Then, to make things more complicated, my mom's group started collecting present donations for a needy family. My daughter wanted to know why we were bringing a present to a meeting, and in my holiday addled brain, I decided to make it a lesson on charity and giving. I explained that we were giving gifts to a family who wasn't able to buy gifts for their children. Unfortunately, that let to the eventual question, "But won't they just get gifts from Santa?"
Wow, I still do not know how to answer that one. I think I may have mumbled something about how we were running late and needed to go, but I think I may have backed myself into a corner.
I remember finding out as a child that Santa wasn't real, and being devastated. I think I might be in trouble this year. How do you find the line between keeping a lovely secret that will enhance your child's holiday experience, and outright lying. Will my daughter be lying on a couch someday asking an overpriced shrink, "So what else in my childhood was a lie?" It's a slippery slope that I hope we survive. I think I may have one more year left, if I am lucky. Now if I can just keep her out of the crawl space, where Santa has hidden her gifts, we might just make it.
Tuesday, December 15, 2009
The title of my blog is Confessions of a Chicken Necker Mom. Seems weird, I know. Before I introduce myself I should probably explain what the heck a chicken necker is. The short definition is someone who was not born on the Eastern Shore of Maryland, but insists on living here anyway. The term is also used to describe tourists to said area. Nobody has explained to me yet how long you need to live here before you aren't a tourist anymore. I am still waiting for clairification on that one.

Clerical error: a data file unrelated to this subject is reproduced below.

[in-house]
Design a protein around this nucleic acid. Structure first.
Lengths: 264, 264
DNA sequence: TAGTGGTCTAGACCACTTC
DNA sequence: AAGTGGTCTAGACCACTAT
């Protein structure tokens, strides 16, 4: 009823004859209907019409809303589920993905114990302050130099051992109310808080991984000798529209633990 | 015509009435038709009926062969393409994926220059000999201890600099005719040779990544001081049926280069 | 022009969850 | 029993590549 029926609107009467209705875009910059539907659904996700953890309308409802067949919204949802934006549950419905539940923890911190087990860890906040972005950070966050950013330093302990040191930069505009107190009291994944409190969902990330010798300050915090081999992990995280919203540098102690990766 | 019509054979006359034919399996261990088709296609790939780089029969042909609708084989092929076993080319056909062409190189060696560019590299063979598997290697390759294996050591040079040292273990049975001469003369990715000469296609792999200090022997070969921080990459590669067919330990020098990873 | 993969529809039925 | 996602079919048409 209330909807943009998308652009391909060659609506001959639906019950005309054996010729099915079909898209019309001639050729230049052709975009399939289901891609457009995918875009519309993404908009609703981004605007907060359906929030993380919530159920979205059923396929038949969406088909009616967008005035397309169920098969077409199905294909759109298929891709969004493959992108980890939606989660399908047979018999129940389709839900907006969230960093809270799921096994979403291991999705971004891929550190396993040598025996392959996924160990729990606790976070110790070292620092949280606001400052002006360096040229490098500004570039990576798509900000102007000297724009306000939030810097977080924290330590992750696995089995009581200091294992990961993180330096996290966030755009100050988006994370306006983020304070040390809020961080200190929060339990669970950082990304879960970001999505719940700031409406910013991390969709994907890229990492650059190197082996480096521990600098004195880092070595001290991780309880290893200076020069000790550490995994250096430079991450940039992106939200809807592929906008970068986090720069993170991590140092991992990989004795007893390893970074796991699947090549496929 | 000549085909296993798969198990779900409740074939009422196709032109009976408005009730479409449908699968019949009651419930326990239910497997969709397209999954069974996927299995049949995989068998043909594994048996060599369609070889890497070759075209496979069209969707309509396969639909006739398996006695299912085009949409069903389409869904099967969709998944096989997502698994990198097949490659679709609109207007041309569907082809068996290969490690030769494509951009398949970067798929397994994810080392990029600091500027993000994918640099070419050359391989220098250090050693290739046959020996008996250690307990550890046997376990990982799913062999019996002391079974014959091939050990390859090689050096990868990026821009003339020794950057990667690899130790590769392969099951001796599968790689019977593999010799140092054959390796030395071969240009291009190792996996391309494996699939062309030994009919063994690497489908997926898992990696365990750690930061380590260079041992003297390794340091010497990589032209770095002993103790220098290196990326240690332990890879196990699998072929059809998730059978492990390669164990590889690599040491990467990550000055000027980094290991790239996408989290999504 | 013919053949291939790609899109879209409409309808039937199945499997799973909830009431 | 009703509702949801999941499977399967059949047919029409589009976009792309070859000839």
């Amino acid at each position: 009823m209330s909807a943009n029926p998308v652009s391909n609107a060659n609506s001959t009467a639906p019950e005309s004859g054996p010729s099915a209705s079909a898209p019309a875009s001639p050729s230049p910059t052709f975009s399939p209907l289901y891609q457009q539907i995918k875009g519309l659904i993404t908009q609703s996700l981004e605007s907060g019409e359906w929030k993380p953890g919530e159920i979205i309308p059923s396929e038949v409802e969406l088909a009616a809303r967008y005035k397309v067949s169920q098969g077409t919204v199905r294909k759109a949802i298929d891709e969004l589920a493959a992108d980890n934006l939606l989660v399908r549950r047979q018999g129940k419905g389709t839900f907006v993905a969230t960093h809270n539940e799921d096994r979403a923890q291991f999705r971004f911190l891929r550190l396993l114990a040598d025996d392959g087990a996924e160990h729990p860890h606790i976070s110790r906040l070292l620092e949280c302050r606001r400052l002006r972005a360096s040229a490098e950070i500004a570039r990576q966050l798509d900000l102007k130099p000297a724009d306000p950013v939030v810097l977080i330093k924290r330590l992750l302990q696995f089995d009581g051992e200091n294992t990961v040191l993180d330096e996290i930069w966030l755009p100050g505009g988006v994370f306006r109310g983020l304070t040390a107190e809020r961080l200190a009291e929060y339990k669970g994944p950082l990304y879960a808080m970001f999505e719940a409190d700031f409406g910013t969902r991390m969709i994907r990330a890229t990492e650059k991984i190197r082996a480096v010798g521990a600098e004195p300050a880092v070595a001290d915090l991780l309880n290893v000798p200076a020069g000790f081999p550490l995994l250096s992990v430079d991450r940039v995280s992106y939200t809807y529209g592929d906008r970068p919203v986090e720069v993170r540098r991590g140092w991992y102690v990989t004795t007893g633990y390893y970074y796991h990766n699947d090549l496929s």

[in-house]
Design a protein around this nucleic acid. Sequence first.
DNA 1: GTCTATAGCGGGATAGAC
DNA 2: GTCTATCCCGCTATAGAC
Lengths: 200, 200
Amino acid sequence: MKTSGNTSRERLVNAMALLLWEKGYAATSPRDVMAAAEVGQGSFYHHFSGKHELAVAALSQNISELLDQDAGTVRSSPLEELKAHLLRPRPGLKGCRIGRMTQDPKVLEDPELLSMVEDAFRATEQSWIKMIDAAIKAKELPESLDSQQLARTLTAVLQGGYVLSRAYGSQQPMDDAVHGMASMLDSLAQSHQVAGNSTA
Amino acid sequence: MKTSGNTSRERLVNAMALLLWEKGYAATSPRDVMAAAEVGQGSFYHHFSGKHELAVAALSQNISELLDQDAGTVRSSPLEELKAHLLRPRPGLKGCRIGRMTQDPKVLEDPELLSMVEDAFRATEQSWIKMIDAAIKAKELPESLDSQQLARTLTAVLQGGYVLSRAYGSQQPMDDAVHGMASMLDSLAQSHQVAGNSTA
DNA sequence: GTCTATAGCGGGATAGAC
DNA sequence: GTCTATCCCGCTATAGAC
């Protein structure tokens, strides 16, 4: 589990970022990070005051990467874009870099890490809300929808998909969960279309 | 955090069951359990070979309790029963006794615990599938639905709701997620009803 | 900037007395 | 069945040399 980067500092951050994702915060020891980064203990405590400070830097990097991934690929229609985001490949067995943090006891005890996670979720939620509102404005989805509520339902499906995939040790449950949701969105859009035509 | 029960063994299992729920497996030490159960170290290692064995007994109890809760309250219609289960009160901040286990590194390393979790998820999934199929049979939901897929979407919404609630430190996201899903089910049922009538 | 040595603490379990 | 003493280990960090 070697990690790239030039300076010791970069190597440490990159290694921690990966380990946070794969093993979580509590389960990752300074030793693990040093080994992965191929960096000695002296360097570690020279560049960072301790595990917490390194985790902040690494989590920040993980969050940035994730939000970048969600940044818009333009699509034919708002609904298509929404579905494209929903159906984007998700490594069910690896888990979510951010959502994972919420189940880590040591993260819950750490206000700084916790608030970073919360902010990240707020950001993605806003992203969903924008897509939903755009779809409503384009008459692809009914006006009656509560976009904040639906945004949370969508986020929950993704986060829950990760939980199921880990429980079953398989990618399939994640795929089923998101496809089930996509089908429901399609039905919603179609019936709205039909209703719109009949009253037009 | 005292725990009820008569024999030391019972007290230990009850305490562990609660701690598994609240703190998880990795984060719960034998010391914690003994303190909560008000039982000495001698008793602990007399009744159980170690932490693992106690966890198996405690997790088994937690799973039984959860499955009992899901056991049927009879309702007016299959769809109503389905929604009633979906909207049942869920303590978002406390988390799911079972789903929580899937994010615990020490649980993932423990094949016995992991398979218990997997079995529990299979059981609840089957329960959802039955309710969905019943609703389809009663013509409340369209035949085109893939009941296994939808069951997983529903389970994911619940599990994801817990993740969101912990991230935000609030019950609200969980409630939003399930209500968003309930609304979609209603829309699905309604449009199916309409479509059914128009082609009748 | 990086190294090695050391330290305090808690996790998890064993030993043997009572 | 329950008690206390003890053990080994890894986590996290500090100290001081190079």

To introduce myself, I am a 37 year old mother of two. I have a 5 year old daughter and a 2 year old son. My husband works in computers and I am a stay at home mom. Basically I sit in front of my computer all day and try to figure out ways for it to make me some money. In my pajamas. While I change my son's diapers and plead with him to use the potty.
I was raised in the Baltimore, Maryland area, and my husband and I made the decision two years ago to move our little family to Maryland's Eastern Shore. To the uninitiated, I live in that little sliver of land located across the Chesapeake Bay from things that most people would consider "civilization". I plan on sharing my perspective as a parent raising children in a land that sometimes seems as foreign as Neptune. I anticipate some of the subjects I will be writing about include my frustration over the lack of street lights, theatre, and the presence of the school fog delay. I may also start complaining about the sheer amount of time it takes my husband to get home across the Bay Bridge on summer Friday nights.
It's isn't all bad, living here, though. There are many good reasons to live here. When people ask why we moved our entire lives away from our families and everything we knew, I can recite a variety of reasons. The school system here is one of the best in the state. The crime rate is so low it is almost a crime that we have to pay police to work here at all. (Although I think perhaps that the low crime rate is BECAUSE of the police here, now that I think about it). Located on the eastern sliver of a state that has made taxing things a recreational sport, we enjoy very low property taxeds. Oddly enough, these reasons, while good and worthwhile, are incidental to our real reason for moving here. Plain and simple, we just like living near water.
So stick with me and hopefully I will entertain you as I negotiate the waters here. (Look, I made a pun!) I already have an entire notebook full of things to complain about, as well as my marvel at the wonder of nature. So stay tuned.